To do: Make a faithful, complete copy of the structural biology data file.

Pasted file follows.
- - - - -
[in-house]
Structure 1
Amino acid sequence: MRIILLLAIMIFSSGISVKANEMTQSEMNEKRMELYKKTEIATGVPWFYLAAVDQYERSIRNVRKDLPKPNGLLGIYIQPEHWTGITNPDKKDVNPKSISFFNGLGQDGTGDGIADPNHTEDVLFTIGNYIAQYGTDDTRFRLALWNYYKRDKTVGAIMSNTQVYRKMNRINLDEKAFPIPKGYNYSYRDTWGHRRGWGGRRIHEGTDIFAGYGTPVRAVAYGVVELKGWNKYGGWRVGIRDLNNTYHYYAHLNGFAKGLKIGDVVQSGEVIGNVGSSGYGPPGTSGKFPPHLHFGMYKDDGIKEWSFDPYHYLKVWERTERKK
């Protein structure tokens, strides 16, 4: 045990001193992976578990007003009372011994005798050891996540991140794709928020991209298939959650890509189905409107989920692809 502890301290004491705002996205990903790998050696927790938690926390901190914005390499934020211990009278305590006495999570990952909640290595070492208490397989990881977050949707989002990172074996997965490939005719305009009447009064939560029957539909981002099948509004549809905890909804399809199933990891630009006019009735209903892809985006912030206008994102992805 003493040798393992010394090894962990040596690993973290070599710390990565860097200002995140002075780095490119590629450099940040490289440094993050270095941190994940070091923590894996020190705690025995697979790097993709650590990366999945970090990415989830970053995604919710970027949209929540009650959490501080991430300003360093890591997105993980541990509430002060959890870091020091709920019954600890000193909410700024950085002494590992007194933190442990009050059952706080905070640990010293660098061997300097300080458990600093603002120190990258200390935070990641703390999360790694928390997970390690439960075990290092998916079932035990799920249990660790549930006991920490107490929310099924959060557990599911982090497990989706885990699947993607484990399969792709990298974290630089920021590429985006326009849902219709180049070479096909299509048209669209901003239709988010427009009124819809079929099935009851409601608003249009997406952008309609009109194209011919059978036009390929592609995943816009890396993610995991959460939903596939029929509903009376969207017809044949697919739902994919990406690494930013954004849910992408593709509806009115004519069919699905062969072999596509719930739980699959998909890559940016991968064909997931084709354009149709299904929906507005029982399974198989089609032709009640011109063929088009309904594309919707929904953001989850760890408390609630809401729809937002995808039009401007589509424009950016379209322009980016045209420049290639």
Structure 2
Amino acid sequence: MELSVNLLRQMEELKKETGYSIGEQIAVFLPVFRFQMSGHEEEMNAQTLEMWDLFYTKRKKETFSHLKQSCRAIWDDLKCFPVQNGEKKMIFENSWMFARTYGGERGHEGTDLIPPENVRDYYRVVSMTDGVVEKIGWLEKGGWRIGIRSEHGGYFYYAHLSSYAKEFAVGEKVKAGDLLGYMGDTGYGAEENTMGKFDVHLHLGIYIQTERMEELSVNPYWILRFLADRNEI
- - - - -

[in-house]
Structure 1
Amino acid sequence: MRIILLLAIMIFSSGISVKANEMTQSEMNEKRMELYKKTEIATGVPWFYLAAVDQYERSIRNVRKDLPKPNGLLGIYIQPEHWTGITNPDKKDVNPKSISFFNGLGQDGTGDGIADPNHTEDVLFTIGNYIAQYGTDDTRFRLALWNYYKRDKTVGAIMSNTQVYRKMNRINLDEKAFPIPKGYNYSYRDTWGHRRGWGGRRIHEGTDIFAGYGTPVRAVAYGVVELKGWNKYGGWRVGIRDLNNTYHYYAHLNGFAKGLKIGDVVQSGEVIGNVGSSGYGPPGTSGKFPPHLHFGMYKDDGIKEWSFDPYHYLKVWERTERKK
């Protein structure tokens, strides 16, 4: 045990001193992976578990007003009372011994005798050891996540991140794709928020991209298939959650890509189905409107989920692809 502890301290004491705002996205990903790998050696927790938690926390901190914005390499934020211990009278305590006495999570990952909640290595070492208490397989990881977050949707989002990172074996997965490939005719305009009447009064939560029957539909981002099948509004549809905890909804399809199933990891630009006019009735209903892809985006912030206008994102992805 003493040798393992010394090894962990040596690993973290070599710390990565860097200002995140002075780095490119590629450099940040490289440094993050270095941190994940070091923590894996020190705690025995697979790097993709650590990366999945970090990415989830970053995604919710970027949209929540009650959490501080991430300003360093890591997105993980541990509430002060959890870091020091709920019954600890000193909410700024950085002494590992007194933190442990009050059952706080905070640990010293660098061997300097300080458990600093603002120190990258200390935070990641703390999360790694928390997970390690439960075990290092998916079932035990799920249990660790549930006991920490107490929310099924959060557990599911982090497990989706885990699947993607484990399969792709990298974290630089920021590429985006326009849902219709180049070479096909299509048209669209901003239709988010427009009124819809079929099935009851409601608003249009997406952008309609009109194209011919059978036009390929592609995943816009890396993610995991959460939903596939029929509903009376969207017809044949697919739902994919990406690494930013954004849910992408593709509806009115004519069919699905062969072999596509719930739980699959998909890559940016991968064909997931084709354009149709299904929906507005029982399974198989089609032709009640011109063929088009309904594309919707929904953001989850760890408390609630809401729809937002995808039009401007589509424009950016379209322009980016045209420049290639």
Structure 2
Amino acid sequence: MELSVNLLRQMEELKKETGYSIGEQIAVFLPVFRFQMSGHEEEMNAQTLEMWDLFYTKRKKETFSHLKQSCRAIWDDLKCFPVQNGEKKMIFENSWMFARTYGGERGHEGTDLIPPENVRDYYRVVSMTDGVVEKIGWLEKGGWRIGIRSEHGGYFYYAHLSSYAKEFAVGEKVKAGDLLGYMGDTGYGAEENTMGKFDVHLHLGIYIQTERMEELSVNPYWILRFLADRNEI